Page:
In ’88 you was getting chased through your building
Callin’ my crib and I ain’t even give you my numbers
All I did was gave you a style for you to run with
Smiling in my face, glad to break bread with the God
Wearing Jaz chains, no Tecs, no cash, no cars
No jail bars Jigga, no pies, no case…”
Nas used Ether to prove to Jay and the world that Jay Z wasn’t on his level and that he influenced the Brooklyn rapper, as well as other rappers in the industry. Ether catapulted Nas as the winner of this beef according to the public and gave him back a lot of the attention that he had lost throughout the years. On that same album, Nas also released the song, You’re Da Man, where he also addressed himself as the king and addressed his relationship with Jay Z early on in his career.
“They plan was to knock me out the top of the game
But I overstand they truth is all lame
I hold cannons that shoot balls of flames
Right in they fat mouth then I carve my name
Nas – too real, Nas – true king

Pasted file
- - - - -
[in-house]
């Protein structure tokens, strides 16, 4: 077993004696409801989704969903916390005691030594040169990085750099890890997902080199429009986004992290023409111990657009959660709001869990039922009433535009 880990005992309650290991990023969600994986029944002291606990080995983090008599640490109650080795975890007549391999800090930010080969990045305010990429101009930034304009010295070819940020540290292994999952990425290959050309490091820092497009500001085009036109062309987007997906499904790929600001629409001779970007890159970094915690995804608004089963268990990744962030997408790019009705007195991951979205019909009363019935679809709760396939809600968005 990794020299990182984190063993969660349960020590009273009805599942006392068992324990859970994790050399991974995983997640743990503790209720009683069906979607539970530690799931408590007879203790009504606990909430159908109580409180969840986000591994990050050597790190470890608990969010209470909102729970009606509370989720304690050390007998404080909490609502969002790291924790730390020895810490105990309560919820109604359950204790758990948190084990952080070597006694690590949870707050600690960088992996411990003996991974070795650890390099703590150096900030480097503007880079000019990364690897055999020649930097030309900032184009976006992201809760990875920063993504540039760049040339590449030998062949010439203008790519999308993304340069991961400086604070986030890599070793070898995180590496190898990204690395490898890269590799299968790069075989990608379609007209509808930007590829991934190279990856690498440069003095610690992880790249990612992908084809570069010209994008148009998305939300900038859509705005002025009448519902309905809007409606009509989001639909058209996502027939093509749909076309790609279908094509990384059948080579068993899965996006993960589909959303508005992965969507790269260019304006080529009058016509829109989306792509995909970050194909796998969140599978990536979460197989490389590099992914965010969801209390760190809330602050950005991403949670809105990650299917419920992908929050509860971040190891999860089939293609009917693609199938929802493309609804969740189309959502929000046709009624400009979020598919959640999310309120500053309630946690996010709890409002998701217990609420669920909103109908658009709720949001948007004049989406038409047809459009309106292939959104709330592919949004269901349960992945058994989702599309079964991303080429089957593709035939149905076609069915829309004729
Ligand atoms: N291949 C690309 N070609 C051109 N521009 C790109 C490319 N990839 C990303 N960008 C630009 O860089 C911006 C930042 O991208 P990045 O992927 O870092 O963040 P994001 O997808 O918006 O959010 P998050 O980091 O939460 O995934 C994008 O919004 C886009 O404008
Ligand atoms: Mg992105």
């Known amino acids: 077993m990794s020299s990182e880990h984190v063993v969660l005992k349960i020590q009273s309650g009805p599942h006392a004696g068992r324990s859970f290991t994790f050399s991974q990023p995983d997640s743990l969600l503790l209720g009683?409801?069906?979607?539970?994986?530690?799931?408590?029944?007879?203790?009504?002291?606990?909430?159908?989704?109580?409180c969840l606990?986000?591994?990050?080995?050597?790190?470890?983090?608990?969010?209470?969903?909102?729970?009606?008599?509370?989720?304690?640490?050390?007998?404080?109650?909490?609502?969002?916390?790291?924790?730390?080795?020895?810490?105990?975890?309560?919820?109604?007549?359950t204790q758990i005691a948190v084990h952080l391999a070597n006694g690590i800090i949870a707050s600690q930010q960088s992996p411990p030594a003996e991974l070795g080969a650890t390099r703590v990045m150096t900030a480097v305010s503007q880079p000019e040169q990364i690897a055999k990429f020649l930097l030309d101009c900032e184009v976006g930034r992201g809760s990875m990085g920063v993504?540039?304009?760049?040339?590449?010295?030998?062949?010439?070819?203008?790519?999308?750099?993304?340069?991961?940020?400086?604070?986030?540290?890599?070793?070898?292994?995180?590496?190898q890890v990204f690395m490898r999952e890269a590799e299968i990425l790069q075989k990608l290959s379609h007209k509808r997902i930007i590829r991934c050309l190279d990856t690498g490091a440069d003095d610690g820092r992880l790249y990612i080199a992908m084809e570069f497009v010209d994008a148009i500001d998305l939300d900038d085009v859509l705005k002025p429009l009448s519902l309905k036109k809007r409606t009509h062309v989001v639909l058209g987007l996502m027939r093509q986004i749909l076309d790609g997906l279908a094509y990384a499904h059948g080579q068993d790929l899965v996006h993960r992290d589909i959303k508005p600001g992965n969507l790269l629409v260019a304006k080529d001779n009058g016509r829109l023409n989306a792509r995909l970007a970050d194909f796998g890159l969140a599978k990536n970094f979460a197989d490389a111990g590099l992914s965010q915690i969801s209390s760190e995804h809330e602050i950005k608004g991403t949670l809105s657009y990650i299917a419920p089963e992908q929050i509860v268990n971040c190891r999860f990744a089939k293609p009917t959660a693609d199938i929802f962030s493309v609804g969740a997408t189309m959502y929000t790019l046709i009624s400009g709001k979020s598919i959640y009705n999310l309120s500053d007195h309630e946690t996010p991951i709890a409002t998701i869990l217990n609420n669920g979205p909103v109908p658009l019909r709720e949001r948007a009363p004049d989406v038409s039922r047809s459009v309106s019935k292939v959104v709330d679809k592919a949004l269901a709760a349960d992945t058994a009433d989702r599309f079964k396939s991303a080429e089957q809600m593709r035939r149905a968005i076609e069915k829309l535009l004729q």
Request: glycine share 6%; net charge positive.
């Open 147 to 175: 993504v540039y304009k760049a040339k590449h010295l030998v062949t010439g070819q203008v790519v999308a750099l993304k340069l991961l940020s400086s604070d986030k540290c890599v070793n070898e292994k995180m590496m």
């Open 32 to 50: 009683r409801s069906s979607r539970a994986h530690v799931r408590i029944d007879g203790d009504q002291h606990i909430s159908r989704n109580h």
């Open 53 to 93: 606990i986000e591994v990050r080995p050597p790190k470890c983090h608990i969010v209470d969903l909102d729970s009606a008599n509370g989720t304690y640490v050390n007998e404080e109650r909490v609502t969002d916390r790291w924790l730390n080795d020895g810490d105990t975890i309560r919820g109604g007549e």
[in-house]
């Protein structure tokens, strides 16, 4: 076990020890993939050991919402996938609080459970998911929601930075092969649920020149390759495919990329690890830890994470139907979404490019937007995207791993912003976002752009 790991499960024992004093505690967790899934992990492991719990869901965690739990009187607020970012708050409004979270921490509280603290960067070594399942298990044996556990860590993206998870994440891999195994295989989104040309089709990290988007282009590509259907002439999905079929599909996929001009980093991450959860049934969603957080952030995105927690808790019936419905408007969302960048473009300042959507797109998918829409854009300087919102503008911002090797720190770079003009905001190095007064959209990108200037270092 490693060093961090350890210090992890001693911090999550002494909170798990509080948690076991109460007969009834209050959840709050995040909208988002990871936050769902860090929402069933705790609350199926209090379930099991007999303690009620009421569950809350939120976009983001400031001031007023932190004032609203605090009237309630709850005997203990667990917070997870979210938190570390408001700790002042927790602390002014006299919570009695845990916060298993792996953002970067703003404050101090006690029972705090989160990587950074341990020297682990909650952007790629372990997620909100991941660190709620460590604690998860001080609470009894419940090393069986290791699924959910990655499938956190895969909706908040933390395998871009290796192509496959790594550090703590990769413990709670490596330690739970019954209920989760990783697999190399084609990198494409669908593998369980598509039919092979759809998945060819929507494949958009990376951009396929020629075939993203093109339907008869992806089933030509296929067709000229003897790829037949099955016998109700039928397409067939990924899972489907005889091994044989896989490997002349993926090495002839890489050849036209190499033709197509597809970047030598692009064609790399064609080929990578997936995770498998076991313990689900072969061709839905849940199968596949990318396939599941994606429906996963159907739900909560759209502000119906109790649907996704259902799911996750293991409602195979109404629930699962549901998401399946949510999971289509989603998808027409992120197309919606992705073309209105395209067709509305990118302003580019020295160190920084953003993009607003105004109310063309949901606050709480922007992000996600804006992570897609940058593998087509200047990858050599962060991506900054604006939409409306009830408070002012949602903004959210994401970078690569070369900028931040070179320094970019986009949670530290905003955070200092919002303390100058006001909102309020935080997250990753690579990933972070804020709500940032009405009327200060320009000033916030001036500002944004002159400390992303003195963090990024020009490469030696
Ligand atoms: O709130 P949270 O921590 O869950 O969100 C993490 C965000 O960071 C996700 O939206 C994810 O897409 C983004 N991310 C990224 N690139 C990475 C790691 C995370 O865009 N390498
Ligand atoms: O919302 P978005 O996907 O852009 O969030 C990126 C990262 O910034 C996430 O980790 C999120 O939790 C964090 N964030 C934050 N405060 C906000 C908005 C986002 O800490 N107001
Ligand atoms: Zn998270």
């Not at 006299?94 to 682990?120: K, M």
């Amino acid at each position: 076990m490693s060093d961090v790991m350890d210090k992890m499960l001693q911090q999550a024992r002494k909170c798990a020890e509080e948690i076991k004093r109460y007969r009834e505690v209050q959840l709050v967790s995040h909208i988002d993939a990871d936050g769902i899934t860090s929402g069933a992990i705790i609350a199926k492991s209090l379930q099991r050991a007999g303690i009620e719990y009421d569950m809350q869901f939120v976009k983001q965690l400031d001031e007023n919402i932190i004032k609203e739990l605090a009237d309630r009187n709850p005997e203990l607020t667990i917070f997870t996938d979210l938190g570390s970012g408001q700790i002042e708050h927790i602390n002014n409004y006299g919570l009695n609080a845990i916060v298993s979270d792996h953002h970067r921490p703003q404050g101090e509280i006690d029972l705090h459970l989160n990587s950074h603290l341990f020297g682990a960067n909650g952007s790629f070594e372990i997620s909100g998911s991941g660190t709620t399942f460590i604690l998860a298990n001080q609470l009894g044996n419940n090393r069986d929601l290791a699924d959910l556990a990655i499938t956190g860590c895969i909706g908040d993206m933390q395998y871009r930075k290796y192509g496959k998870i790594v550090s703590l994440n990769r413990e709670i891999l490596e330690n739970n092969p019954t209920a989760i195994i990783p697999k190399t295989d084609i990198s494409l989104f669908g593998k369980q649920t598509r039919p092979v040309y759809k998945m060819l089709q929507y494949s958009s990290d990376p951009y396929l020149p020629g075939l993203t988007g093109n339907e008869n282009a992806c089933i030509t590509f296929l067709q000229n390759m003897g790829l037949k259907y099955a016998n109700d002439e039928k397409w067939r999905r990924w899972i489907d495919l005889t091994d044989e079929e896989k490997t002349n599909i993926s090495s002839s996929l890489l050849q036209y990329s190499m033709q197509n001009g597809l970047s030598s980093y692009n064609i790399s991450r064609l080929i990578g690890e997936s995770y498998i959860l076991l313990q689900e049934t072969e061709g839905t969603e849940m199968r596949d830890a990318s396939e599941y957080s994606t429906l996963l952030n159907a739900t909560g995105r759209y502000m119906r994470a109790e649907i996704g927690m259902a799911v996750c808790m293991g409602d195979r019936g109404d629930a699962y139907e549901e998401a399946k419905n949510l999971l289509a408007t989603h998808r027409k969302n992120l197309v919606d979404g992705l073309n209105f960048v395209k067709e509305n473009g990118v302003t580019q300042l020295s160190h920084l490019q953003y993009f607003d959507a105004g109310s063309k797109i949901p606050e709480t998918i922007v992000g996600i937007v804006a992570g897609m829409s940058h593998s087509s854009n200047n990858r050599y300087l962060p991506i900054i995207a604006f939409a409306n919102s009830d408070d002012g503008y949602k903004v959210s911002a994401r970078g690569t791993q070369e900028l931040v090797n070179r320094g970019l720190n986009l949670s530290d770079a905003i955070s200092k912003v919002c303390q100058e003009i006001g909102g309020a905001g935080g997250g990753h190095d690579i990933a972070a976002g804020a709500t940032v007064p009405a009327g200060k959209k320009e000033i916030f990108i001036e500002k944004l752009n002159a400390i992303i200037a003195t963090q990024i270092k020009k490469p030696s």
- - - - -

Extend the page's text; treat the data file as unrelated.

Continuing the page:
It’s however you feel, go ‘head, you swing
Your arms too short to box with God
I don’t kill soloists, only kill squads
Fame went to they head, so now it’s “Fuck Nas”
Yesterday you begged for a deal, today you tough guys”
I especially like the opening verse because Nas re-used a line Jay used in People Talking and used it against him. Jay Z stated in the song that “…This ain’t have to stand/’Til your arms are too short to box/Plus we knuckle up unorthodox…” Nas also addressed the wide spread rumor of Jay Z sleeping with his baby mama, and once again addressed the use of his vocals on Jays song stating:
“I spotted my enemies tryna do what I do
Came in with my style, so I fathered you
I kept changing on the world since “Barbeque”
Now you wanna hang with niggas I hung with
Fuck bitches I hit…”
In retaliation, Jay Z went on Hot 97 a few days after Nas released Stillmatic and released the diss Super Ugly. This diss track was pure fire and Jay Z held nothing back. This diss record showed just how lyrical Jay can be and made me respect him more as an MC. Very comical, disrespectful, and true; the makings of a great diss song. The thing that I love the most about this diss track is that he opens up using the beat from Nas’ Got Yourself A Gun for the beginning, then the beat breaks and you hear Knocturnal’s beat for Bad Intentions. This diss record was raw and one of my favorite diss tracks throughout the whole beef.